I wish to add that it is a good idea to wash the threads of the tyre air valves, pressure gauges or any other gadgets that screw on the air valves and occasionally replace the valve cores inserts, they cost next to nothing. Sands particles easily get into it and can ruin the threads and damage these valves causing even pop-outs when one loses few PSI. The ambient tyre pressure charts are excellent guides.  

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  • 5 months later...

I have a note to add to this thread. Even if there is no pop out its always good to check your tires for any sand intrusion inside the tires when you are driving on sand at lower pressures as sand gets inside the tires occasionally. I have a recent experience of this phenomenon. One of my tires was losing air from 35 psi to 12 psi and lower in a time frame of 2 days. I was bewildered and thought probably I managed to induce a hairline crack somewhere in the tire as 2 tire shops checked the tire for any leak after inflating to 60 psi and nothing was found. In the 3rd tire shop when I explained to the technician he immediately said there is a sand intrusion inside the tire and between the beads. He proceeded to remove the tire from the rim and surprisingly there was lot of sand between the tire bead and the tire. Probably it entered the tire when the tire was getting flexed by the constant sharp steering movements or hits on small bushes or by the jumps. This happened to the back tire and not the front.  

I was under the impression that sand intrusion inside the rim will happen only during pop outs and this incident changed that perception completely. When we are driving on sand its always good to check for everything in the car preferably after at least 2 to 3 drives and make sure everything is in order so that we can avoid unfortunate incidents during the drive and bog down other drivers who have come there for fun and waste their time because we were lazy to take care of our own car. 

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@Thomas Varghese, when I recently replaced my tires I also noticed some sand inside, that explained why I was losing pressure slowly especially when I deflate the tires.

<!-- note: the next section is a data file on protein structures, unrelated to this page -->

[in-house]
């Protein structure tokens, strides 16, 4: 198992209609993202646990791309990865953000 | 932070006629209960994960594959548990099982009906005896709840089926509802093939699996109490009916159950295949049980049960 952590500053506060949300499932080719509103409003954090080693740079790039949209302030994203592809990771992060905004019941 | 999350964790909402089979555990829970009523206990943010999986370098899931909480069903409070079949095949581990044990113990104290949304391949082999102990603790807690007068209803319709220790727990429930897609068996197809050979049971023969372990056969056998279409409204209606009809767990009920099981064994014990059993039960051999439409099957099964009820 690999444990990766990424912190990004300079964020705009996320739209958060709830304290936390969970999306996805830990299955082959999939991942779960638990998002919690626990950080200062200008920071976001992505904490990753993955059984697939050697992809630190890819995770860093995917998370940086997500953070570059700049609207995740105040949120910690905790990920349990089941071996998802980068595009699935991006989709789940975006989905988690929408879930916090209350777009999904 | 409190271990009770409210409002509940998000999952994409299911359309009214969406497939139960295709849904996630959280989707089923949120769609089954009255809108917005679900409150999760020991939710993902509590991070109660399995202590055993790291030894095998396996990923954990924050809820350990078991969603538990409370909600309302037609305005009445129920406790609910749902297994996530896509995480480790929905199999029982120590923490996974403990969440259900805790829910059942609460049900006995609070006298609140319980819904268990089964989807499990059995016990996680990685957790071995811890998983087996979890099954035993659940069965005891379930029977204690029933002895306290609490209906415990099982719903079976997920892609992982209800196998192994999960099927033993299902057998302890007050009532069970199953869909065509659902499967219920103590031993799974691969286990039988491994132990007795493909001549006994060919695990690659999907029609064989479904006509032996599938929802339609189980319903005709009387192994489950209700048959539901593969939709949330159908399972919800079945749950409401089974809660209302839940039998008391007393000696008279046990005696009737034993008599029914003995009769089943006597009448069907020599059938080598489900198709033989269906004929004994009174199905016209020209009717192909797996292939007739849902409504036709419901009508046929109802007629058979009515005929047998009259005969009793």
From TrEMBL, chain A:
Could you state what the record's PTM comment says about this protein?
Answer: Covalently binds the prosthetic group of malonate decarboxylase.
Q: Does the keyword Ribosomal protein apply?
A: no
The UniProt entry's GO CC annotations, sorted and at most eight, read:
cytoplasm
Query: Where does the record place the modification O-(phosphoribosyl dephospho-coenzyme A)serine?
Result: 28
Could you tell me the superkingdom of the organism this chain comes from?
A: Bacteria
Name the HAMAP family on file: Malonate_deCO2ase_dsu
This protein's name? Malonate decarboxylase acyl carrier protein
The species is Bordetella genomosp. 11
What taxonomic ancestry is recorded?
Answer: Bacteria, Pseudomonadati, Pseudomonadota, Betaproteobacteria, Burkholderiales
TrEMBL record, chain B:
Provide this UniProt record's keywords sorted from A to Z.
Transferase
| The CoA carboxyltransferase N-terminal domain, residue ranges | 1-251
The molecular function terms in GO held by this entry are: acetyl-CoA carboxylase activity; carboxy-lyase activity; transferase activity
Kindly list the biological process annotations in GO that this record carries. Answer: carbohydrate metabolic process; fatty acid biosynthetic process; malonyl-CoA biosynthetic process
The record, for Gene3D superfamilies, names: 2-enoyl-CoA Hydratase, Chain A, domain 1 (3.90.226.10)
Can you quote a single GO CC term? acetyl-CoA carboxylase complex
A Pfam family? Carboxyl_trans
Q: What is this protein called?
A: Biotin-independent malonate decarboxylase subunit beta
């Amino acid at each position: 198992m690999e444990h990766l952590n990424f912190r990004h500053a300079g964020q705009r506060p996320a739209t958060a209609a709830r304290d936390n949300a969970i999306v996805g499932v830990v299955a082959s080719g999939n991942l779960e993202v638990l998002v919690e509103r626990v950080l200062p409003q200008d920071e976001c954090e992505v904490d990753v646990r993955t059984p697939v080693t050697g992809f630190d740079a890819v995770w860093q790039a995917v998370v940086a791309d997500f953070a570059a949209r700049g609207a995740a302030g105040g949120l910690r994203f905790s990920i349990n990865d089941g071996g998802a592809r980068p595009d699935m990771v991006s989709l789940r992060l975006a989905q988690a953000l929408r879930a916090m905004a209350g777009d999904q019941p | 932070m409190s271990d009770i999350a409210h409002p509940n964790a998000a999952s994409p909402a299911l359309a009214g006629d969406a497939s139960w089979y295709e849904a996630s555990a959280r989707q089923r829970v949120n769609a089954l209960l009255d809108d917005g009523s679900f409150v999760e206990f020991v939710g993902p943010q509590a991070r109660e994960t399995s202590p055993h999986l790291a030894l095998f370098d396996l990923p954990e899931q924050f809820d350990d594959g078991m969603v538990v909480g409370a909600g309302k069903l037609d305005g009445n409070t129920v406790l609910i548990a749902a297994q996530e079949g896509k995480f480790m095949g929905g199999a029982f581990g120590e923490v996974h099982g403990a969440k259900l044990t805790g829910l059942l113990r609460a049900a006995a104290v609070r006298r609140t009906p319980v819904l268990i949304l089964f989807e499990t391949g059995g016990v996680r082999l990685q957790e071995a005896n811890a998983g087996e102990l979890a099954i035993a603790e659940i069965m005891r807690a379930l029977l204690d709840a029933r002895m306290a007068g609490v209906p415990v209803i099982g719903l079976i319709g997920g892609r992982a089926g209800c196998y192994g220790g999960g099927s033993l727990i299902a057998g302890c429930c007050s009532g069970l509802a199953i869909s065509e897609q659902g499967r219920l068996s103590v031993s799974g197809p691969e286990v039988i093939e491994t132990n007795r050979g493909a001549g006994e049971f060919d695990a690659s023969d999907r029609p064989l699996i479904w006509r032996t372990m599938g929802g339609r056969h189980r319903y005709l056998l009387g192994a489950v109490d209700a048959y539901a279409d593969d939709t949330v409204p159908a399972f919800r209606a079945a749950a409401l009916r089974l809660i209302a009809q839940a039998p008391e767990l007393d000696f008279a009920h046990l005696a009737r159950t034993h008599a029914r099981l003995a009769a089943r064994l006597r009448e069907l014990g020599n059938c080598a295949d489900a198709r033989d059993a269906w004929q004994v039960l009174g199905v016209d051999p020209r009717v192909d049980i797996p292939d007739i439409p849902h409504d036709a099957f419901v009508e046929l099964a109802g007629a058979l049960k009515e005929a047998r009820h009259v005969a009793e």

Edited by Lawrence_Chehimi
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This is a great @Thomas Varghese@Lawrence_Chehimi observation and it happens specially on older tyres also after popouts the tyre must be cleaned thrououghly. In my experience we should regularly replace the inner tyre valves as well. they cost nothing. 

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3 minutes ago, Ashok chaturvedi said:

This is a great @Thomas Varghese@Lawrence_Chehimi observation and it happens specially on older tyres also after popouts the tyre must be cleaned thrououghly. In my experience we should regularly replace the inner tyre valves as well. they cost nothing. 

My tires are not old. Replaced them in 2021 Jan and has only run 25000 kms. 

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@Thomas Varghese you are a "Monster of Milage";  I thought only commercial vehicles do those kinds of numbers.

My rear left tyre started to deflate automatically after the last mystery drive. Since I was travelling, my better half (@Desert Wrangler ) took the vehicle to a couple of petrol pump tyre shops where they said there is no puncture but the valve seems to be the culprit and it will cost AED 130 for the valve replacement and need to order 2 days in advance. I was planning to install the rapid deflating valves anyways so gave the car to a shop and asked them to clean the tyres as well.

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don't drive like its your last one.

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  • 3 years later...